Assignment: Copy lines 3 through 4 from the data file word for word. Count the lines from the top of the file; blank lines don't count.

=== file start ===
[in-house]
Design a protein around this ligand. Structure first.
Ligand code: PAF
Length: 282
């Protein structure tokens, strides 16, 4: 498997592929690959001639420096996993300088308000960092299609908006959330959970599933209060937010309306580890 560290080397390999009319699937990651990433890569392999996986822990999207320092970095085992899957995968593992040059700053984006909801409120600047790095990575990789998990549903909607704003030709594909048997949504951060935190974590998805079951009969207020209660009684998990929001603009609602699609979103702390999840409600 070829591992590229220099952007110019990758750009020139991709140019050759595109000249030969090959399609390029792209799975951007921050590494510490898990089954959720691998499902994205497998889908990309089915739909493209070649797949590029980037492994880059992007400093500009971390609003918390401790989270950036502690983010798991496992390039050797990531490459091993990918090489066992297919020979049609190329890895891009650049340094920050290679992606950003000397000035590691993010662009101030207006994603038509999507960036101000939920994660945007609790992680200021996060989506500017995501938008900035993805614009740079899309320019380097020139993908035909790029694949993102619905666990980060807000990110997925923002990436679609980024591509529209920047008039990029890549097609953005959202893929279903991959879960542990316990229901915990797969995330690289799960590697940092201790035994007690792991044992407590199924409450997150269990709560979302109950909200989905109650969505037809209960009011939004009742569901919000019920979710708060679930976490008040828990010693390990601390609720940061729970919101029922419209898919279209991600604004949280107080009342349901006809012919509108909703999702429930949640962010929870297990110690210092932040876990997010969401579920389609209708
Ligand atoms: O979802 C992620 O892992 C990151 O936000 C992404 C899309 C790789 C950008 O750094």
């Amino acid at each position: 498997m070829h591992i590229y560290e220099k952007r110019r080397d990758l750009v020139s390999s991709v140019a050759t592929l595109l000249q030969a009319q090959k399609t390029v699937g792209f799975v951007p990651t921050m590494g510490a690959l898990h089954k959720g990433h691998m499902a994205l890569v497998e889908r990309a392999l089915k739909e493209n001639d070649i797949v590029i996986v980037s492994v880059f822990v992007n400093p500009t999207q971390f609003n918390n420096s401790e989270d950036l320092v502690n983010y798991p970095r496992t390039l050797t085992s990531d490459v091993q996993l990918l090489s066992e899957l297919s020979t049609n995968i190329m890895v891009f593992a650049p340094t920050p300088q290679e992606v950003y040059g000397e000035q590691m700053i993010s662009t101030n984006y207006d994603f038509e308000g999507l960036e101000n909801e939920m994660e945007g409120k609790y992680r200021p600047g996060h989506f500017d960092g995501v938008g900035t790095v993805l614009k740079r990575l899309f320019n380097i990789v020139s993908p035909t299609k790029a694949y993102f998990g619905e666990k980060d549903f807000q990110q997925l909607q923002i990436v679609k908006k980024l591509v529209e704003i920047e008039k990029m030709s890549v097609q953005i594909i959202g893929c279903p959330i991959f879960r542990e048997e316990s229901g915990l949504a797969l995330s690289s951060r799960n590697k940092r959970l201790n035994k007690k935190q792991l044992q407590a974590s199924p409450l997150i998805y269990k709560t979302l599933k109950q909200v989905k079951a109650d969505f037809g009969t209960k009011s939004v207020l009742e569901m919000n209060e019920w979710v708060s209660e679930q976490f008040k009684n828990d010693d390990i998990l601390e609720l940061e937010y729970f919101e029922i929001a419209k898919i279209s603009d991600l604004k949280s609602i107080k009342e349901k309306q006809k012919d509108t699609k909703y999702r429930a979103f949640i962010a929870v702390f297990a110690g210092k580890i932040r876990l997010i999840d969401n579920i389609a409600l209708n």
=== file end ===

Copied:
Ligand code: PAF
Length: 282